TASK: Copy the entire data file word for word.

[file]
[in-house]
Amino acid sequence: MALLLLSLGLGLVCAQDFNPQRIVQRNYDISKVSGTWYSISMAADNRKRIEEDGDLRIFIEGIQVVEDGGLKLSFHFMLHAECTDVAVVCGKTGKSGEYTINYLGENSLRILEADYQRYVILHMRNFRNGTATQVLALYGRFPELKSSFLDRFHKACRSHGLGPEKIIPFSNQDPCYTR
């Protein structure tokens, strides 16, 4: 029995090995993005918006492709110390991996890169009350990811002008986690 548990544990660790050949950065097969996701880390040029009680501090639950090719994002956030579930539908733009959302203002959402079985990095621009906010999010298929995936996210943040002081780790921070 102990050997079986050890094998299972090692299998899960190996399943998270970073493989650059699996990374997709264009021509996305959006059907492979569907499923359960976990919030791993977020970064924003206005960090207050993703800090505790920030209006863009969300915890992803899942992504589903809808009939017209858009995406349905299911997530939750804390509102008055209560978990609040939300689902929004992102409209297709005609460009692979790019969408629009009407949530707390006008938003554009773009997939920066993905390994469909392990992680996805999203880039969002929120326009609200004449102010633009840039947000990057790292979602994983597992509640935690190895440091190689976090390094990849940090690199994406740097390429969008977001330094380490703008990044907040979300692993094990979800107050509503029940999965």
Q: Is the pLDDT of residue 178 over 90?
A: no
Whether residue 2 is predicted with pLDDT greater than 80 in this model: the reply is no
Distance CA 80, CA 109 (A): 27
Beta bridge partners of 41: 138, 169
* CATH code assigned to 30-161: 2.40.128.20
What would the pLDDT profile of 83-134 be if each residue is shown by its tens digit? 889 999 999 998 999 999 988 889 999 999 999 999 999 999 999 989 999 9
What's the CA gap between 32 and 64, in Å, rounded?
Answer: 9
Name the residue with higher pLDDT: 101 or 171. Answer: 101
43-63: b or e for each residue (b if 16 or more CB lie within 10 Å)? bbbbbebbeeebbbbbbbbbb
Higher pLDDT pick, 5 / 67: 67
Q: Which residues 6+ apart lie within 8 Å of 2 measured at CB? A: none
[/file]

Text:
[in-house]
Amino acid sequence: MALLLLSLGLGLVCAQDFNPQRIVQRNYDISKVSGTWYSISMAADNRKRIEEDGDLRIFIEGIQVVEDGGLKLSFHFMLHAECTDVAVVCGKTGKSGEYTINYLGENSLRILEADYQRYVILHMRNFRNGTATQVLALYGRFPELKSSFLDRFHKACRSHGLGPEKIIPFSNQDPCYTR
């Protein structure tokens, strides 16, 4: 029995090995993005918006492709110390991996890169009350990811002008986690 548990544990660790050949950065097969996701880390040029009680501090639950090719994002956030579930539908733009959302203002959402079985990095621009906010999010298929995936996210943040002081780790921070 102990050997079986050890094998299972090692299998899960190996399943998270970073493989650059699996990374997709264009021509996305959006059907492979569907499923359960976990919030791993977020970064924003206005960090207050993703800090505790920030209006863009969300915890992803899942992504589903809808009939017209858009995406349905299911997530939750804390509102008055209560978990609040939300689902929004992102409209297709005609460009692979790019969408629009009407949530707390006008938003554009773009997939920066993905390994469909392990992680996805999203880039969002929120326009609200004449102010633009840039947000990057790292979602994983597992509640935690190895440091190689976090390094990849940090690199994406740097390429969008977001330094380490703008990044907040979300692993094990979800107050509503029940999965």
Q: Is the pLDDT of residue 178 over 90?
A: no
Whether residue 2 is predicted with pLDDT greater than 80 in this model: the reply is no
Distance CA 80, CA 109 (A): 27
Beta bridge partners of 41: 138, 169
* CATH code assigned to 30-161: 2.40.128.20
What would the pLDDT profile of 83-134 be if each residue is shown by its tens digit? 889 999 999 998 999 999 988 889 999 999 999 999 999 999 999 989 999 9
What's the CA gap between 32 and 64, in Å, rounded?
Answer: 9
Name the residue with higher pLDDT: 101 or 171. Answer: 101
43-63: b or e for each residue (b if 16 or more CB lie within 10 Å)? bbbbbebbeeebbbbbbbbbb
Higher pLDDT pick, 5 / 67: 67
Q: Which residues 6+ apart lie within 8 Å of 2 measured at CB? A: none